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The Royal College of Psychiatrists Improving the lives of people with mental illness

Youth Offending: A Symptom of a Greater Crime

Russell Gibson is a 4th year medical student at Cardiff University

Poverty

Youth Offending: A Symptom of a Greater Crime by Russell Gibson

Empiricist philosophy was founded upon the belief that a child is born with a mind that is a tabula rasa – a ‘blank state’, with the child’s ensuing development entirely attributable to the environment to which they are exposed. Modern views incorporate the role of genetic inheritance, but it is hard to see how children can overcome maltreatment, neglect, inadequate parenting and poor schooling. These are risk factors for juvenile offending, factors that tend to coalesce around one single denominator: poverty.

 

Detention centres

Current findings suggest the higher rates of crime found among children of low socioeconomic status are mediated through the disparate effects of poverty on a child’s life course, be that adverse family, individual, school or peer factors (i).  

 

It must therefore be the utmost priority for youth detention centres to act as places of nurture and rehabilitation, rather than punishment. Stereos, Playstations and pool tables may seem to reward criminality, but lest we forget, these offenders are also children. Indeed, the greatest outrage is that life inside the detention centre is often preferable to that outside, not merely in material terms but also in basic parental input.

 

Youth Offending: A Symptom of a Greater Crime by Russell Gibson

Detention centre staff provide excellent support for these children, often becoming the parental figures otherwise lacking. However, they also report their input is ultimately limited, for when the child leaves, he or she re-enters the same environment that led to crime in the first place. Social workers can and do intervene, but removing children from their parents comes at a cost. And often, it comes too late.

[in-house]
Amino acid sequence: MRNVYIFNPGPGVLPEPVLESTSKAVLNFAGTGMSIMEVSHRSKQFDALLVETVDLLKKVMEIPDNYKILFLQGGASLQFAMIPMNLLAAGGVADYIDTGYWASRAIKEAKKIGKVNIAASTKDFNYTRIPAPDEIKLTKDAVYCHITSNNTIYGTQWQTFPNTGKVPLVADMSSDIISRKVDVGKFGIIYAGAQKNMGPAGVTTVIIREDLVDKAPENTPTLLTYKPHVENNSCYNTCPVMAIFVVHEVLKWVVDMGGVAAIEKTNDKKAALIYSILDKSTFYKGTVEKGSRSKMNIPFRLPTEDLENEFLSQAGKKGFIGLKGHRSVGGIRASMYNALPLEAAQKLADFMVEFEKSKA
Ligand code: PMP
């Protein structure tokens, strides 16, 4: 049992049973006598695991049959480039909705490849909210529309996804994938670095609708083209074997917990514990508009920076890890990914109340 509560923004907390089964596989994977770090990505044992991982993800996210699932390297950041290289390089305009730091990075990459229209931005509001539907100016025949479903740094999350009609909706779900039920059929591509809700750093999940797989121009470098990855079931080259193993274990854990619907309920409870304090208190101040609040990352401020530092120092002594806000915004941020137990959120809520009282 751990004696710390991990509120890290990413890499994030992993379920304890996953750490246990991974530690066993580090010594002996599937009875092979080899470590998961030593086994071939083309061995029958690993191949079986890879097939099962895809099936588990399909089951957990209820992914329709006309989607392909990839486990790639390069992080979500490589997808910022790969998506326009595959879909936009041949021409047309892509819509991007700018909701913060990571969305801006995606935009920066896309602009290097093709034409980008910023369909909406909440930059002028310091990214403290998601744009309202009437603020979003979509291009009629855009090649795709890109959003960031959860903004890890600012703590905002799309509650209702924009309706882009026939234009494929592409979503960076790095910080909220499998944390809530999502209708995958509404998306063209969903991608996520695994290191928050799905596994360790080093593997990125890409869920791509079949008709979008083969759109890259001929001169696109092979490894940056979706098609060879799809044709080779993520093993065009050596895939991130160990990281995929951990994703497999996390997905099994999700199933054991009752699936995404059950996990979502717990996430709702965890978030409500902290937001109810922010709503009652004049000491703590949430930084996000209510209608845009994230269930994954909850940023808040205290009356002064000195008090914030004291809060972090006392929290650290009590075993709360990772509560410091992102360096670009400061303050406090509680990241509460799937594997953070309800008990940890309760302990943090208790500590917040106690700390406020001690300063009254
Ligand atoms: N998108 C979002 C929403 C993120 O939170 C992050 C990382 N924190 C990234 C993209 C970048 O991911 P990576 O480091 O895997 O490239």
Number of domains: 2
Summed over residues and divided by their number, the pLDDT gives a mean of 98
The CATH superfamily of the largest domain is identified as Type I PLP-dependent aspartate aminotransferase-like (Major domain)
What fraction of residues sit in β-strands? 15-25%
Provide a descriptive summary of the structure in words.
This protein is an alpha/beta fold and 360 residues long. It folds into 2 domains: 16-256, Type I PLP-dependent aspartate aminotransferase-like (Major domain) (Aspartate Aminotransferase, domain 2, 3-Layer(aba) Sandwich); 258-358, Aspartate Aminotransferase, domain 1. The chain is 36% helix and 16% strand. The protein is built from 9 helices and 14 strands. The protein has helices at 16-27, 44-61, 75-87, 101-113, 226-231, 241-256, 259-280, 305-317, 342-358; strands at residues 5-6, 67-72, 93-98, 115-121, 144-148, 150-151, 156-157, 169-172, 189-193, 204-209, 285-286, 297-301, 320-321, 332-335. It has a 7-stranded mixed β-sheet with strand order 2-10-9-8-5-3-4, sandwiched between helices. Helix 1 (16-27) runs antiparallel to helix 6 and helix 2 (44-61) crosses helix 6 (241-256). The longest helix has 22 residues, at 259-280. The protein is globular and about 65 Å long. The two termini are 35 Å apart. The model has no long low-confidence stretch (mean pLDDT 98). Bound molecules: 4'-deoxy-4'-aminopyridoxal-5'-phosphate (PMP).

So we blame the parents, as occurred following the UK riots in the summer of 2011. However, parents are often products of environments similar to those they now provide for their children. This is a self-sustaining cycle of crime, punishment and missed opportunity where the inadequate parenting received by one generation is passed on to the next.

 

Wider problem

Youth offending, therefore, will never be cured by detention centres, as it is merely a symptom of a much wider problem: social injustice.  It incorporates more than socio-economic disparity: inequality of opportunity, from finding a job to experiencing prejudice.  We expect poor children to act a certain way and we don’t give them the opportunity to act otherwise.

 

As future doctors, we cannot prescribe a cure for criminality, but being unable to treat does not mean we should not strive to understand the cause.  After all, we too are the product of environments into which we just happened to be born.

 

 

 

Percentage among sentenced young offenders by sex (ii)

 
  Male Female
Mental and emotional problems 14 22
Been admitted to mental health ward 4 9
Personality disorder 80 84
Hazardous drinking 70 51
Use of illicit drugs 96 84

Drug dependence (not alcohol)

57 56

 

References:

i. Fergusson D, Swain-Campbell N, Horwood J (2004). How does childhood economic disadvantage lead to crime? Journal of Child Psychology & Psychiatry 45(5): 956-66.

ii. Lader D, Singleton N and Meltzer H (2000).

  

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